Snow and the Seven Huntsmen (Dark Fantasy #1) Read Online Alta Hensley

Categories Genre: Alpha Male, Dark, Erotic, Fantasy/Sci-fi, Paranormal, Virgin Tags Authors: Series: Dark Fantasy Series by Alta Hensley

Total pages in book: 40
Estimated words: 36416 (not accurate)
Estimated Reading Time in minutes: 182(@200wpm)___ 146(@250wpm)___ 121(@300wpm)

This is no fairytale…
They’ve been sent to break me.
Not one, but seven.
They plan to steal my beauty, my innocence.
Seven Hunters to track me down and claim me as theirs.
I try to run, but it is hopeless.
They have caught me.
I am their prey, their prize, to do with as they please.
But I will capture something far more precious… the Huntsmen’s hearts.

In our Fairytales, there is danger in the shadows, the beasts bite and no Heroine is truly safe. If dark tales of danger, forced attraction and multiple partners offend you, then please do not purchase.

*************FULL BOOK START HERE*************


It was barely a sound.

The soft scrape of a boot on the floor. The rub of a shoulder against the stone wall. A muffled cough.

I was awake in an instant. Something was different. There was a tension in the air.

Throwing my covers aside, I shivered when my feet touched the icy flagstone floor. Creeping over to the high-arched windows, I parted the brocade curtains just enough to peek out. All was quiet and still. The newly fallen snow lay undisturbed, glistening and sparkling in the moonlight.

Perhaps I had imagined it?

Another sound.

This one just beyond my bedroom door.

A horrible calm settled over me as if a long-anticipated storm had finally broken. I had been waiting for this day. Dreading it.

My stepmother had finally sent someone to kill me.

With my only escape route now blocked to me, I had to think fast. Pushing open the heavy curtains, I placed my hands on the black ebony frame. I once again looked over the winter scene below, the peace of a winter’s eve now destroyed. My bedroom was far too high to risk a jump, but perhaps I could climb out onto the ledge and make my way to the stone balustrade of the room next door.

There was the screech of metal against metal. The scrape of a key. They were unlocking my door.

Running across the room, I picked up the small wooden spindle chair by the perpetually cold fireplace. It was one of the few pieces of furniture I was allowed in my sparse prison. Hefting it high, I raced back to the window. I hesitated. The moment I broke the window, there would be no turning back. I would have to run and keep running. I squeezed my eyes shut and smashed the chair against the glass with all my might. It shattered, sending sharp shards skittering across the floor. Grabbing the blanket off my bed, I placed it over the jagged pieces. Stepping up to the window, I tossed the remnants of the bedcovers over the sill, cutting my finger in the process. I watched in horrid fascination as three warm, crimson spots of blood fell upon the snow on the ledge, melting it.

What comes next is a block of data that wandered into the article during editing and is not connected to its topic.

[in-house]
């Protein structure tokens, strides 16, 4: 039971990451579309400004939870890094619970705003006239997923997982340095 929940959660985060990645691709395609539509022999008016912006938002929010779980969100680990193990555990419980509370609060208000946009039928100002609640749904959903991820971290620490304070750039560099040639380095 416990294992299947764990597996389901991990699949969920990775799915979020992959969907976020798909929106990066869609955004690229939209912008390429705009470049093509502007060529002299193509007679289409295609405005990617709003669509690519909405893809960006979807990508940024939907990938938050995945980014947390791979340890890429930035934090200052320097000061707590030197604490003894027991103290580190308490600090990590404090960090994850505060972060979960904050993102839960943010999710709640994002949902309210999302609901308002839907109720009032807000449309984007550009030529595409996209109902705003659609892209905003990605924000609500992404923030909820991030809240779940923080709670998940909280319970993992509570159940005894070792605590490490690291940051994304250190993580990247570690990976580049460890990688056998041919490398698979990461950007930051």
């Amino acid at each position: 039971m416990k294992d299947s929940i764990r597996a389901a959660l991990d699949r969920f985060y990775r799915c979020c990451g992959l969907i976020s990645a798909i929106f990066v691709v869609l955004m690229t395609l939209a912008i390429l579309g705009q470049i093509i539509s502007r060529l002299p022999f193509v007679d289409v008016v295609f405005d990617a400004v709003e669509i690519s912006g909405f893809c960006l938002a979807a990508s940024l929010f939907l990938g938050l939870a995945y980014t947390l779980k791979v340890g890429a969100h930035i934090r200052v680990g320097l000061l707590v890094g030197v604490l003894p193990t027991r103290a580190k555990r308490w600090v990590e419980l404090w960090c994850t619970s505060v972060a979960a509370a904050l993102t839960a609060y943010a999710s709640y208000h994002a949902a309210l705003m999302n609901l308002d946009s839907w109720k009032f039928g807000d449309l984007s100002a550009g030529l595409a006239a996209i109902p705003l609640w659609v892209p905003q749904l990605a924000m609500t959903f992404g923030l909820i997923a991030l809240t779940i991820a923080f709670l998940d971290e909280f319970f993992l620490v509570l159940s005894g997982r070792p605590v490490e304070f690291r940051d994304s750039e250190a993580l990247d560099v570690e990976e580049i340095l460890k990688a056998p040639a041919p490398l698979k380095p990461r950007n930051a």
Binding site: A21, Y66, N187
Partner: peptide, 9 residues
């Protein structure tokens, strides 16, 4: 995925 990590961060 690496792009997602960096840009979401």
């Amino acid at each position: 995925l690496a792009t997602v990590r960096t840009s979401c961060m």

As I gingerly stepped onto the sill, the bedroom door opened. A bitter wind cut through the threadbare fabric of my nightgown as remnants of the broken window sliced into my bare feet. With a cry, I moved onto the ledge, quickly turning to grasp the chilled stone.

Morbid curiosity getting the better of me, I peered back into the interior of my room. Looking over my shoulder, I saw three men enter, moonlight illuminating them. The brawn and bulk of their size belied their almost silent entry.

So similar they could be brothers, each was tall with broad shoulders and a harsh, angular face. They wore animal skins and furs. Trophies of their past kills.


Spurred on by their fearsome looks, I dug my fingernails into the stone façade and tried to slide my foot to the right. It slipped on the ice-covered ledge. My cry of alarm echoed across the still forest, startling sleeping birds into flight.

“Well, the lass has spirit, I will give her that,” said one of the men happily, a note of appreciation in his dark voice.

“Good. This would be no fun if she didn’t have some fight in her,” said another while clapping the first on the shoulder.

“There is no point in running. We will only hunt you down,” said the third to me.

“Why have you come?” I asked.

“You know why.”

I could feel all three men assessing me. No doubt the bright moonlight was shining through my gown, leaving little to their lascivious imaginations. Was I to be used for their pleasure before they killed me? I cast a look over my shoulder to the drifts below. I could hear new voices outside, their conversation carrying across the hushed midnight landscape. More men.

“Are you going to be a good girl and come along quietly?” asked the first. With his feet planted and his arms crossed over his massive chest, he made for a foreboding sight.

“I could scream,” I warned. The words came out weak and trembling as my teeth had begun to chatter from the cold.

“And no one would come to your aid.”

The truth of their words sent the air rushing from my lungs. I was completely alone. The wretched irony was this conversation with my killers was the first time any human beings had spoken to me in years. My stepmother had ordered the servants and villagers to ignore my presence and never to speak to me almost from the moment my father had drawn his last breath. I had been wrapped in a blanket of silence and solitude for as long as I could remember.

I could feel the tears pool in my eyes. As they dropped, they froze on my chilled cheeks. “You could let me go,” I whispered.